Ashvaratna, Aśvaratna, Ashva-ratna: 5 definitions

Introduction:

Ashvaratna means something in Buddhism, Pali, Hinduism, Sanskrit. If you want to know the exact meaning, history, etymology or English translation of this term then check out the descriptions on this page. Add your comment or reference to a book if you want to contribute to this summary article.

The Sanskrit term Aśvaratna can be transliterated into English as Asvaratna or Ashvaratna, using the IAST transliteration scheme (?).

In Buddhism

Tibetan Buddhism (Vajrayana or tantric Buddhism)

Source: OSU Press: Cakrasamvara Samadhi

Aśvaratna (अश्वरत्न) is the name of a deity or entity to which is given homage to [i.e., oṃ laṃ aśvaratnāya namaḥ], according to the Guru Mandala Worship (maṇḍalārcana) ritual often performed in combination with the Cakrasaṃvara Samādhi, which refers to the primary pūjā and sādhanā practice of Newah Mahāyāna-Vajrayāna Buddhists in Nepal.

Tibetan Buddhism book cover
context information

Tibetan Buddhism includes schools such as Nyingma, Kadampa, Kagyu and Gelug. Their primary canon of literature is divided in two broad categories: The Kangyur, which consists of Buddha’s words, and the Tengyur, which includes commentaries from various sources. Esotericism and tantra techniques (vajrayāna) are collected indepently.

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Mahayana (major branch of Buddhism)

[«previous next»] — Ashvaratna in Mahayana glossary
Source: Wisdom Library: Maha Prajnaparamita Sastra

Aśvaratna (अश्वरत्न) refers to the “horse-jewel”, according to Mahāprajñāpāramitāśāstra (chapter 41).—Accordingly, “[The eighteen āveṇika-dharmas (‘special attributes’)]— [...] (7). The Buddha has no loss of zeal. [...] In the horse-jewel (aśvaratna), even if it has arrived at its destination, the desire to go forward never ceases and persists until death. It is the same for the Buddha-Jewel. When the great fire at the end of the kalpa (mahākalpoddāha) has burned and consumed the trisāhasramahāsāhasralokadhātu, the power of fire has not disappeared. It is the same for the fire of the Buddha’s wisdom: when he has burned up all the passions (kleśa) and illumined all things, the zeal associated with this wisdom (prajñā-saṃprayukta-chanda) is not extinguished. [...]”.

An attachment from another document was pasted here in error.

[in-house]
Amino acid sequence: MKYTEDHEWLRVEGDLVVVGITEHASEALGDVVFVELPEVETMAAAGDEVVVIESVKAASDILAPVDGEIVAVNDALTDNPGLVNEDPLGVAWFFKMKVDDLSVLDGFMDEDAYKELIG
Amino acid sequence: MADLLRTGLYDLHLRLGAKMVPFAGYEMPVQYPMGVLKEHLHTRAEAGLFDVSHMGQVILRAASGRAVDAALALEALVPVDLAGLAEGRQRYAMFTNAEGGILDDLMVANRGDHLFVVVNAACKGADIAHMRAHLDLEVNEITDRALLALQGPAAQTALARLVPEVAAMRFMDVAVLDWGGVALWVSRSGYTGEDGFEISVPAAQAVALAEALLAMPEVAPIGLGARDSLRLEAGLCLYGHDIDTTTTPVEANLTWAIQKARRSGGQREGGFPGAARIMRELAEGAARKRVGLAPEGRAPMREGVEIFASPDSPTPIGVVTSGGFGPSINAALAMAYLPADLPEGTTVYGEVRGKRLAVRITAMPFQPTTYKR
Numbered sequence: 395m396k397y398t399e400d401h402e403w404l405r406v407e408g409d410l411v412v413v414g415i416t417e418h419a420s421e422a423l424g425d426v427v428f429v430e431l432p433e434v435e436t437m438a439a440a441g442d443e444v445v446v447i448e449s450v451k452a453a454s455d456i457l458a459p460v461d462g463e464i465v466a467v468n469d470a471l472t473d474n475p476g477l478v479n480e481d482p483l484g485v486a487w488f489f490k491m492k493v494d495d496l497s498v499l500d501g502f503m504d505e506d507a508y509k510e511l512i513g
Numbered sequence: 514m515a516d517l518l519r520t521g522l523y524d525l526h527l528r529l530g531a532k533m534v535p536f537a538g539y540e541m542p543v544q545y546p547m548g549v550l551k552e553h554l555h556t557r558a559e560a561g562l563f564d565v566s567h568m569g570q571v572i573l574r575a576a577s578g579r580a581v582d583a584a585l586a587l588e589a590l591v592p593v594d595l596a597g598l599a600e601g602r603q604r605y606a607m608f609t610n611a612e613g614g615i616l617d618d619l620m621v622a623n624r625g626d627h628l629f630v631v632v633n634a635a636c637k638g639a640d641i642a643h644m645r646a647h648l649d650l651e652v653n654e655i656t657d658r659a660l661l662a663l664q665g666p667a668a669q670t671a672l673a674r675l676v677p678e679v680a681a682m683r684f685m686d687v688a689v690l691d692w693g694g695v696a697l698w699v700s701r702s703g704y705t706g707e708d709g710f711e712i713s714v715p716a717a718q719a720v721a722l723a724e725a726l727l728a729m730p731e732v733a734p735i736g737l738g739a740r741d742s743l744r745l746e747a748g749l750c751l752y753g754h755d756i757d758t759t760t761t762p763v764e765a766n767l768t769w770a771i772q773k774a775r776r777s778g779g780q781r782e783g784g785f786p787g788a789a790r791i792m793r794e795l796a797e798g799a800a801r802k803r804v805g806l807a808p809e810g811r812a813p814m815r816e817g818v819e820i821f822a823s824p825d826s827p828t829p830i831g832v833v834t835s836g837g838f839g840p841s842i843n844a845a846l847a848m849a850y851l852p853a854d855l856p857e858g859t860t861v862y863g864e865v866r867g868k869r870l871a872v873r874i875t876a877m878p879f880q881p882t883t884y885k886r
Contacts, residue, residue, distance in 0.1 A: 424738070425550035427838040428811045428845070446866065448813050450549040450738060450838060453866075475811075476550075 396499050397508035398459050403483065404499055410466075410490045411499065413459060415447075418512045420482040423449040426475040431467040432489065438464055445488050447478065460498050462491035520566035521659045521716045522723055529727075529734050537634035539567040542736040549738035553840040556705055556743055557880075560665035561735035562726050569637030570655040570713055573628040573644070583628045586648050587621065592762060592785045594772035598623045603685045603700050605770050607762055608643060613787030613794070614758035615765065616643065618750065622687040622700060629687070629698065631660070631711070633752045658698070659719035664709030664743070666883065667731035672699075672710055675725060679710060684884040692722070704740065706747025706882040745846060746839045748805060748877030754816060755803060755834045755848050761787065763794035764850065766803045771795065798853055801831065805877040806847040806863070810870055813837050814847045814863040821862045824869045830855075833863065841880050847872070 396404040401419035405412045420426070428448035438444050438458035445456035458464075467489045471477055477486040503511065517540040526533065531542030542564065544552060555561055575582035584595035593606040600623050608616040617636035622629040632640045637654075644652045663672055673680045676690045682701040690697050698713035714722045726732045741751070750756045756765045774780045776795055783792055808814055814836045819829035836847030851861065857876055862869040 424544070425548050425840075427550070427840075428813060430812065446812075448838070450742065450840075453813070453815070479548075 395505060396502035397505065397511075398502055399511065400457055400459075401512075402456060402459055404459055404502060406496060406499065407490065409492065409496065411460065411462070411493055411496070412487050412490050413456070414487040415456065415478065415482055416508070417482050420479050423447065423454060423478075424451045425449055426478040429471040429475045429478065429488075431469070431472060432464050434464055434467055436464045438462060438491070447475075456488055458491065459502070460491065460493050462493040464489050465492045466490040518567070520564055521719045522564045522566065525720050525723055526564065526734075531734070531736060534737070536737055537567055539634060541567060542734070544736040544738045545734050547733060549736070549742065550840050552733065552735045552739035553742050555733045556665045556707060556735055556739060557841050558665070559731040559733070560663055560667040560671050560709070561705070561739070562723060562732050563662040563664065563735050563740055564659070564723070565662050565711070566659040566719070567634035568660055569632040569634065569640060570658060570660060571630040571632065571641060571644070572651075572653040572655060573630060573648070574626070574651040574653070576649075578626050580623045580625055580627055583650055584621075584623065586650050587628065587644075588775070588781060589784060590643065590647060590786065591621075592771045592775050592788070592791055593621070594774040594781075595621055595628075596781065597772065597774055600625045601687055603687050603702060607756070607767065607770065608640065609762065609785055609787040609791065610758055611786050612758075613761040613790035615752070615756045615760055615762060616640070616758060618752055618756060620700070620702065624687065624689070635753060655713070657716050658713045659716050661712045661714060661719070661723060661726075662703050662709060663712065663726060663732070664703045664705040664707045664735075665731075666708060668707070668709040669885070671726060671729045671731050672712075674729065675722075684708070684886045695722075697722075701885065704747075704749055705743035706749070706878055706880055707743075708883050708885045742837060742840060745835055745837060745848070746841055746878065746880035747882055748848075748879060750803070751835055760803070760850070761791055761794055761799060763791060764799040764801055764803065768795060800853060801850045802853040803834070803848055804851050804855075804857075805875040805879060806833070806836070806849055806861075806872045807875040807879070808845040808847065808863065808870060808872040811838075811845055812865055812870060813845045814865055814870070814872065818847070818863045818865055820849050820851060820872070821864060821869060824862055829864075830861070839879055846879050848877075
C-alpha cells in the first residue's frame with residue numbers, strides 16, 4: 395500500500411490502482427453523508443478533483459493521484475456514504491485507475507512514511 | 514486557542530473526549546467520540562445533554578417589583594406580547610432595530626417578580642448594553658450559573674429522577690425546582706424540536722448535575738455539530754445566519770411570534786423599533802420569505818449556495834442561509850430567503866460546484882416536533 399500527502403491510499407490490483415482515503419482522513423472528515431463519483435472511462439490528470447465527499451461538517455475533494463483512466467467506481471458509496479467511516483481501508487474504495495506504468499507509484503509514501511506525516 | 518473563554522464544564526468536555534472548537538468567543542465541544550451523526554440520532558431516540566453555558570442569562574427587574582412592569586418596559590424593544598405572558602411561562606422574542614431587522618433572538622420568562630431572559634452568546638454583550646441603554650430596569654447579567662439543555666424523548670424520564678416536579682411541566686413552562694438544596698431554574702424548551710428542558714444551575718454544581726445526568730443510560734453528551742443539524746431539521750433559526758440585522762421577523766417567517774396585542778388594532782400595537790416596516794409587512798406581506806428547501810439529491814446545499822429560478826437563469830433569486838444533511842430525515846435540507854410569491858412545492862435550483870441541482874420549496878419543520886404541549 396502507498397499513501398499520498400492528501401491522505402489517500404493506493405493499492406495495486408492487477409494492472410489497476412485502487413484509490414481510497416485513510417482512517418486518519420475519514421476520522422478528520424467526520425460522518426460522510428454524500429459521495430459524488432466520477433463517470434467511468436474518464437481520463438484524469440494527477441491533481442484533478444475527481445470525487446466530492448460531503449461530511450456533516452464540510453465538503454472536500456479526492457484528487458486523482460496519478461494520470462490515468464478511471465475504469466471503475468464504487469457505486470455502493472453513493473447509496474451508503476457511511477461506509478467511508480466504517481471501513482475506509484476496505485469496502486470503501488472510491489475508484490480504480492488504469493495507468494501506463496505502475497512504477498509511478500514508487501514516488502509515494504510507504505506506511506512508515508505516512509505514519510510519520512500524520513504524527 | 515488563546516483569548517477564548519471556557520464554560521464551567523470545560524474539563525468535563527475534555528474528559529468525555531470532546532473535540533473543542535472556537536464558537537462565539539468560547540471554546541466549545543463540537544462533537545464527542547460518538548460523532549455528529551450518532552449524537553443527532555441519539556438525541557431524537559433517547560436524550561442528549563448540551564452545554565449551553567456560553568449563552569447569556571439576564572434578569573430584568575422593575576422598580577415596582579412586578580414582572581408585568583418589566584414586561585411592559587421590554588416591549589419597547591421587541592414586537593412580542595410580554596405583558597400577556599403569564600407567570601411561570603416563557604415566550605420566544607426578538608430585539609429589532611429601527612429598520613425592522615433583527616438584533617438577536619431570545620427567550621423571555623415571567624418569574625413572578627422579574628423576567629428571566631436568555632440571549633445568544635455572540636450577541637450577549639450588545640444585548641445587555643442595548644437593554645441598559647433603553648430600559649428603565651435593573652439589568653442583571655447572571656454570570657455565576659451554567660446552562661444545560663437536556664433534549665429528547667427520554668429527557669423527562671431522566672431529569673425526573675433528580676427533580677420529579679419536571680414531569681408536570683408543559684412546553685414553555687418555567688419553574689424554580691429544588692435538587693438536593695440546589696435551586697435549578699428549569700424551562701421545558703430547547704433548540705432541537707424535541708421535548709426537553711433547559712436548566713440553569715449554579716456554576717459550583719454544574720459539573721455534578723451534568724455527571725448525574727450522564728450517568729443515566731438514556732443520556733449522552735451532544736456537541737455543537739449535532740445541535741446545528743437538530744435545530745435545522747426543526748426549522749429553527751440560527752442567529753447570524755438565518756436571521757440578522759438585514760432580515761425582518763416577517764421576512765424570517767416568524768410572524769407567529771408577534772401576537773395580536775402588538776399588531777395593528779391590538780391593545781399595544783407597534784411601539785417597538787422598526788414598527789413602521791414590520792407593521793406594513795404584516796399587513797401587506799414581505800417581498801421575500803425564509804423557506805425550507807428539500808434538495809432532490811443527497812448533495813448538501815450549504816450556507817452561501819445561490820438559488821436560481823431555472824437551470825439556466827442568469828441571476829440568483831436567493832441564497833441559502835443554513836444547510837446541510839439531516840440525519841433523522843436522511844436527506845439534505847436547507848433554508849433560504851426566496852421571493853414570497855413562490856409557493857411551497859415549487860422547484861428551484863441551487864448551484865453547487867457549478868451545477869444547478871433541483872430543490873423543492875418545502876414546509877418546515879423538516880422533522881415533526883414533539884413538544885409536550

Mahayana book cover
context information

Mahayana (महायान, mahāyāna) is a major branch of Buddhism focusing on the path of a Bodhisattva (spiritual aspirants/ enlightened beings). Extant literature is vast and primarely composed in the Sanskrit language. There are many sūtras of which some of the earliest are the various Prajñāpāramitā sūtras.

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General definition (in Buddhism)

[«previous next»] — Ashvaratna in Buddhism glossary
Source: Wisdom Library: Dharma-samgraha

Aśvaratna (अश्वरत्न) or simply Aśva refers to the “horse jewel” and represents the second of the “seven jewels of universal monarchs” (saptaratna) as defined in the Dharma-saṃgraha (section 85). The Dharma-samgraha (Dharmasangraha) is an extensive glossary of Buddhist technical terms in Sanskrit (e.g., aśva-ratna). The work is attributed to Nagarguna who lived around the 2nd century A.D.

Languages of India and abroad

Sanskrit dictionary

[«previous next»] — Ashvaratna in Sanskrit glossary
Source: DDSA: The practical Sanskrit-English dictionary

Aśvaratna (अश्वरत्न).—the best or lord of horses; i. e. उच्चैःश्रवस् (uccaiḥśravas).

Derivable forms: aśvaratnam (अश्वरत्नम्).

Aśvaratna is a Sanskrit compound consisting of the terms aśva and ratna (रत्न). See also (synonyms): aśvarāja.

Source: Cologne Digital Sanskrit Dictionaries: Monier-Williams Sanskrit-English Dictionary

Aśvaratna (अश्वरत्न):—[=aśva-ratna] [from aśva] n. a jewel of a h°orse (one of the 7 treasures of a Cakra-vartin), [Dharmasaṃgraha 85]

context information

Sanskrit, also spelled संस्कृतम् (saṃskṛtam), is an ancient language of India commonly seen as the grandmother of the Indo-European language family (even English!). Closely allied with Prakrit and Pali, Sanskrit is more exhaustive in both grammar and terms and has the most extensive collection of literature in the world, greatly surpassing its sister-languages Greek and Latin.

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See also (Relevant definitions)

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